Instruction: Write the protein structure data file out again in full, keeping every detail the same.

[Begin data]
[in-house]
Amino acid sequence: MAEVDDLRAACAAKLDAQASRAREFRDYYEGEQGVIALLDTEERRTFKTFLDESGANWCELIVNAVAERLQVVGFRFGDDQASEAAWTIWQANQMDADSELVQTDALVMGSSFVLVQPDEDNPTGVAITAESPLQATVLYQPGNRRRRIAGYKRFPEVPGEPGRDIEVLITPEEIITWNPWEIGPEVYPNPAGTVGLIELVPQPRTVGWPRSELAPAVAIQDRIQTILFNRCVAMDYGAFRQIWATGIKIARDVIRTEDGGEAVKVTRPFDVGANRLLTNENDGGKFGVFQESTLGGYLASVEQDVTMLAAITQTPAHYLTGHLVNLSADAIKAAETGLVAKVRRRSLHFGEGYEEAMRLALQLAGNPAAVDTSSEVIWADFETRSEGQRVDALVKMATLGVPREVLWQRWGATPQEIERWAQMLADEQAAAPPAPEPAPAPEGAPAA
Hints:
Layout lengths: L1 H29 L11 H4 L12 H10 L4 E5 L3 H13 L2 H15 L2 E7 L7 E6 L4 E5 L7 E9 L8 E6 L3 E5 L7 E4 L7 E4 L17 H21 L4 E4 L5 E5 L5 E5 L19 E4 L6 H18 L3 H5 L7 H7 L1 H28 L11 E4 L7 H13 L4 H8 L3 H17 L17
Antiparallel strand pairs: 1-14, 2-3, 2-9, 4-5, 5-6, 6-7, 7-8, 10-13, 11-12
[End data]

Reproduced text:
[in-house]
Amino acid sequence: MAEVDDLRAACAAKLDAQASRAREFRDYYEGEQGVIALLDTEERRTFKTFLDESGANWCELIVNAVAERLQVVGFRFGDDQASEAAWTIWQANQMDADSELVQTDALVMGSSFVLVQPDEDNPTGVAITAESPLQATVLYQPGNRRRRIAGYKRFPEVPGEPGRDIEVLITPEEIITWNPWEIGPEVYPNPAGTVGLIELVPQPRTVGWPRSELAPAVAIQDRIQTILFNRCVAMDYGAFRQIWATGIKIARDVIRTEDGGEAVKVTRPFDVGANRLLTNENDGGKFGVFQESTLGGYLASVEQDVTMLAAITQTPAHYLTGHLVNLSADAIKAAETGLVAKVRRRSLHFGEGYEEAMRLALQLAGNPAAVDTSSEVIWADFETRSEGQRVDALVKMATLGVPREVLWQRWGATPQEIERWAQMLADEQAAAPPAPEPAPAPEGAPAA
Hints:
Layout lengths: L1 H29 L11 H4 L12 H10 L4 E5 L3 H13 L2 H15 L2 E7 L7 E6 L4 E5 L7 E9 L8 E6 L3 E5 L7 E4 L7 E4 L17 H21 L4 E4 L5 E5 L5 E5 L19 E4 L6 H18 L3 H5 L7 H7 L1 H28 L11 E4 L7 H13 L4 H8 L3 H17 L17
Antiparallel strand pairs: 1-14, 2-3, 2-9, 4-5, 5-6, 6-7, 7-8, 10-13, 11-12